A Taste of the Savory Breakfast Movement

Q&A with Sanna Delmonico, MS, RDN, CHE

In this month’s Q&A, we chat with Sanna Delmonico, a registered dietitian and nutrition faculty member at The Culinary Institute of America at Greystone in Napa Valley, California. We asked Sanna to share her insights about the savory breakfast movement and how beans can be included in a healthy, delicious breakfast routine.

 BB (Bean Bulletin): Hi Sanna, thanks so much for chatting with us. First off, can you tell us a little about your background? Why did you become a dietitian, and what led to your career at The Culinary Institute of America?

Sanna: Well, I’ve been a dietitian for more than 20 years, and the reason I became a dietitian is kind of a funny one—lactose intolerance. When I started college I was a film major and really just took a nutrition course to fulfill my science credit. When I learned about lactose intolerance, I became totally fascinated by it. Beyond just the condition, it intrigued me from an anthropologic perspective—how cultures and cuisines formed around this ability or inability to digest lactose. It really got me hooked on nutrition science. I decided to major in dietetics and after college, I debated going on to culinary school, but I decided dietitians had better hours than chefs. I went for my masters and have really spent my whole career focused on food —food culture, culinary arts, flavor, and healthy, delicious dietary patterns. Prior to joining the CIA, I worked for 12 years in children’s nutrition, self-publishing a monthly newsletter for parents with recipes and nutrition information. I started teaching nutrition at a junior college and really loved it, so I was so happy to find a position at the CIA. I love students and meeting them at this really important time in their life.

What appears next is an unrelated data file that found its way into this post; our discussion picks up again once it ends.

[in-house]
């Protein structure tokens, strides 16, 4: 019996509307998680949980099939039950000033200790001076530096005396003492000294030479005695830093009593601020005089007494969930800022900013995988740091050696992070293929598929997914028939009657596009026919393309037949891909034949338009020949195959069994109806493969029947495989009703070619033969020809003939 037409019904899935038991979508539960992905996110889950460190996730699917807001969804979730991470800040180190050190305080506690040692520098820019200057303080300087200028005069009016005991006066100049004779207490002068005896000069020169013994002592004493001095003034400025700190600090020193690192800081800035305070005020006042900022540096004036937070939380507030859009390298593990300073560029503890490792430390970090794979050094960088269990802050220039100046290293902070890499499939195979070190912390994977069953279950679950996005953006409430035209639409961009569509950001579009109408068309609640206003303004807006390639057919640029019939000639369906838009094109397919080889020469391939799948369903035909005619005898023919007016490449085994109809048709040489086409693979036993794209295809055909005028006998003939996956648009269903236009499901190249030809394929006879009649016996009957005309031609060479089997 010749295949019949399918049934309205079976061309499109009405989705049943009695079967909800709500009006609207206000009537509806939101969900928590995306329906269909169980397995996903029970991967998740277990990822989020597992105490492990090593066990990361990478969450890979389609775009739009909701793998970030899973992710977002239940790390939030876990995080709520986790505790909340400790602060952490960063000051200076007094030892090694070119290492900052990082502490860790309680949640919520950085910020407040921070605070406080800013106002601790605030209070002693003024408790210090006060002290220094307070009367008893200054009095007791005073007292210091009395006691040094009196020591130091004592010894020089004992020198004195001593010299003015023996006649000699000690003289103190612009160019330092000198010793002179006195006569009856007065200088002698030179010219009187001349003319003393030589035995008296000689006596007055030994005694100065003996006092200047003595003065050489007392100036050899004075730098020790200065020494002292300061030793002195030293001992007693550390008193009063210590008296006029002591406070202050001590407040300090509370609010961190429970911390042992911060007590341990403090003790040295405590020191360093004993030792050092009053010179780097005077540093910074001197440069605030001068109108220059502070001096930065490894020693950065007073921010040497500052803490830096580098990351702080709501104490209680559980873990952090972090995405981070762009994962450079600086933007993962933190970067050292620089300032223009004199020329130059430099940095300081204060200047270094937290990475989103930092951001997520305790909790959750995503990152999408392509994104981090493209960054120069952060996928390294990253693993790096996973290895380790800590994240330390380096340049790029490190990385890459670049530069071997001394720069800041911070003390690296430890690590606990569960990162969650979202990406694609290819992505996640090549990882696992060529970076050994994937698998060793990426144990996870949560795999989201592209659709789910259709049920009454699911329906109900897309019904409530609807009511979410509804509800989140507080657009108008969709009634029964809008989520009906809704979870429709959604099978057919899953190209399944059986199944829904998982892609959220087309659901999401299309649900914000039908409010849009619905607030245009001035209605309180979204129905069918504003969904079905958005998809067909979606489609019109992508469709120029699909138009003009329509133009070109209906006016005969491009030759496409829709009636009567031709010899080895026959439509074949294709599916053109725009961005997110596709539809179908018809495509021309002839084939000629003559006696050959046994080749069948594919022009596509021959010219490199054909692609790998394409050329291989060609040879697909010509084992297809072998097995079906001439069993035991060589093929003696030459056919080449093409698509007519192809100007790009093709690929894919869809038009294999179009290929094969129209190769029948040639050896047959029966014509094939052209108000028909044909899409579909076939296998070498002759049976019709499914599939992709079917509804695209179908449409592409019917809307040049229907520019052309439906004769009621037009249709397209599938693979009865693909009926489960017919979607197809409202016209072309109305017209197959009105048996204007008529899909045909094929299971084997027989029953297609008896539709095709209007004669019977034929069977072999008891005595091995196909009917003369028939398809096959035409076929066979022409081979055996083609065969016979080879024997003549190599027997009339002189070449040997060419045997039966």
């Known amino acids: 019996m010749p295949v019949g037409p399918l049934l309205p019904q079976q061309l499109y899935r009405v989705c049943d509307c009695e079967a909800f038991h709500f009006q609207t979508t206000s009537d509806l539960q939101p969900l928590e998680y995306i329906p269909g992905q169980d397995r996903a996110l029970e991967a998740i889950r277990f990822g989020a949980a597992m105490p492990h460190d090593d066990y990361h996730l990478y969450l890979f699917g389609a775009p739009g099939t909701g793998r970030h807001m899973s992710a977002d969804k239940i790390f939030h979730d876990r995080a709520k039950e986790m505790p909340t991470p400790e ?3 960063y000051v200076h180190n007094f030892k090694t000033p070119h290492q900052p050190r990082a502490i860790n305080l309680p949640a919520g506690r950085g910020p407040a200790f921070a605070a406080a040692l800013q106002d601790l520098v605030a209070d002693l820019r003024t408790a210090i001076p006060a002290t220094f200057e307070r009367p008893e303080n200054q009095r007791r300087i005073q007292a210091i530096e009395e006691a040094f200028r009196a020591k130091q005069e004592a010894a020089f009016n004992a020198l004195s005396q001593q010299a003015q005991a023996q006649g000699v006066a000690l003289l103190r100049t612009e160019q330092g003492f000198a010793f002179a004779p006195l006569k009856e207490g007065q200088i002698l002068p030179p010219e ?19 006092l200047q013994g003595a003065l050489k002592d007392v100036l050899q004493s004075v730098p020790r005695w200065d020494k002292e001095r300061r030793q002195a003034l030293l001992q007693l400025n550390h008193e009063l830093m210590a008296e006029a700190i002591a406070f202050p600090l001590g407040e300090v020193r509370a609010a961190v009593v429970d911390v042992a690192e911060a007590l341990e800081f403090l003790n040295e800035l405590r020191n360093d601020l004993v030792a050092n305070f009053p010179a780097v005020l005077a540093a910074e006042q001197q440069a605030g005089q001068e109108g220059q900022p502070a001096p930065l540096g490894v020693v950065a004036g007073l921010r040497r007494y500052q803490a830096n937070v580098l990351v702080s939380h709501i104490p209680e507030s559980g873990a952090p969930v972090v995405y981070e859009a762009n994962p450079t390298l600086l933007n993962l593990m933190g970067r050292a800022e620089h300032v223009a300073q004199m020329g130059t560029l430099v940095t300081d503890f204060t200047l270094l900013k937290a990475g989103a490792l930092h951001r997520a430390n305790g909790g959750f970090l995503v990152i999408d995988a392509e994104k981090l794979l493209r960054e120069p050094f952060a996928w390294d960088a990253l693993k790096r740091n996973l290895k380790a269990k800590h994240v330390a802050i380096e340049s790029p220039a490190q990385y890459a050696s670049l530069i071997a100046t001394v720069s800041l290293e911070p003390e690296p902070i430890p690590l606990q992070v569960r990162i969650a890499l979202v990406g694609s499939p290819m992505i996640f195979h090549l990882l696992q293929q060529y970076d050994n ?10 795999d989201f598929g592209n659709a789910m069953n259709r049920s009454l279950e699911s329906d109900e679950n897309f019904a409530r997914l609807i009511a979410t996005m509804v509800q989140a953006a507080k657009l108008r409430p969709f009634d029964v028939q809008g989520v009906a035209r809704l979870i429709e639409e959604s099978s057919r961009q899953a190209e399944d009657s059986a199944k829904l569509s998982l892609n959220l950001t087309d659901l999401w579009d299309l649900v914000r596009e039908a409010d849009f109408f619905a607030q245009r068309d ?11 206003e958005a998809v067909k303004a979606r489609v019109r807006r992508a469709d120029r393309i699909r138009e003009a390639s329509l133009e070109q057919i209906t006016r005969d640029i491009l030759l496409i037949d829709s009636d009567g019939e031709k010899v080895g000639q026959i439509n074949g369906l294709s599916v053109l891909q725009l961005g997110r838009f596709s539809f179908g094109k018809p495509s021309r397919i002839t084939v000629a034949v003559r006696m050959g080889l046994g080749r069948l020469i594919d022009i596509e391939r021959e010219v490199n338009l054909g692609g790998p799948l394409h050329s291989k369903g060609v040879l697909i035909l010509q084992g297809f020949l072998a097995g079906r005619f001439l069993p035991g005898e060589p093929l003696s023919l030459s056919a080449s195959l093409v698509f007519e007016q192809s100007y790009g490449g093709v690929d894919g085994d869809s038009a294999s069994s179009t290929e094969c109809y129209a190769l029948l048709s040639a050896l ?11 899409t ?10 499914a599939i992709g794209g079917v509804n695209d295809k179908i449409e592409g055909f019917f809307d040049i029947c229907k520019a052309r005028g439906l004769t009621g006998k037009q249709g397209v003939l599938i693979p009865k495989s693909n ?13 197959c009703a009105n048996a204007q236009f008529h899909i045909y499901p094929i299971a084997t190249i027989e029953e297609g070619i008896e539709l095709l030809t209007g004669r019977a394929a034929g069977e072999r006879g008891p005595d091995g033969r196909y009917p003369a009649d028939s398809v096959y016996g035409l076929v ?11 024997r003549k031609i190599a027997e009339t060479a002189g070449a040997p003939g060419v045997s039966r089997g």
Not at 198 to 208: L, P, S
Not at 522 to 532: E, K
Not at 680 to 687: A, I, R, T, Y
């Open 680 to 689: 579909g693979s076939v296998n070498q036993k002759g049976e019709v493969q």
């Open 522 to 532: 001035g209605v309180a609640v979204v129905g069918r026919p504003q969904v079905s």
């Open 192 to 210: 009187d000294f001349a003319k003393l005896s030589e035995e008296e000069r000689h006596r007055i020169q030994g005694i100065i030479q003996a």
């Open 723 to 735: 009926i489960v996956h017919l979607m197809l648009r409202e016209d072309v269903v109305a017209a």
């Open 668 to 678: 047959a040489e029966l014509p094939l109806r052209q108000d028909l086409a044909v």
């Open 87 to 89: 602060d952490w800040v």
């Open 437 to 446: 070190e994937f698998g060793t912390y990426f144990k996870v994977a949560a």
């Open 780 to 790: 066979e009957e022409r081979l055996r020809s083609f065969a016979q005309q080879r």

BB: That is a great story! As you’re likely very aware, the savory breakfast movement is continuing to grow in popularity. Why are people looking for more savory options for breakfast?

Sanna: I think it has a lot to do with the fact that most places around the world eat a savory breakfast, and we (the U.S.) are one of the few places that gear toward sweet things at breakfast. In countries like Japan, the Middle East, and China to name a few, it’s not normal to eat a sweet breakfast. There is a growing interest in international cuisine and I think that’s driving the savory breakfast trend.

BB: What are the potential nutrition and health benefits of a savory breakfast?

Sanna: Some of the key opportunities with a savory breakfast are that it’s a great way to eat more vegetables, beans, whole grains, plain yogurt (good for probiotics), and to cut back on added sugar.

BB: What are some culinary strategies to create delicious, savory breakfasts? Also, what items would you recommend people have on hand (pantry, refrigerator, spice cabinet) to create savory, satisfying breakfasts?

Sanna: Bowls have become super popular! All the fast casual restaurants are doing them (think Chipotle), and I think breakfast bowls are a great, simple way to create delicious, savory breakfasts. Also, bowls are a great way to use up leftover ingredients like extra cooked grains, beans, and vegetables. The most important thing is to have the ingredients on hand and prepped so the bowls are easy to create in the morning. Think of ingredients like cooked beans, cooked grains like farro or brown rice, roasted or sautéed vegetables, and savory stuff like tomato sauce and Sriracha.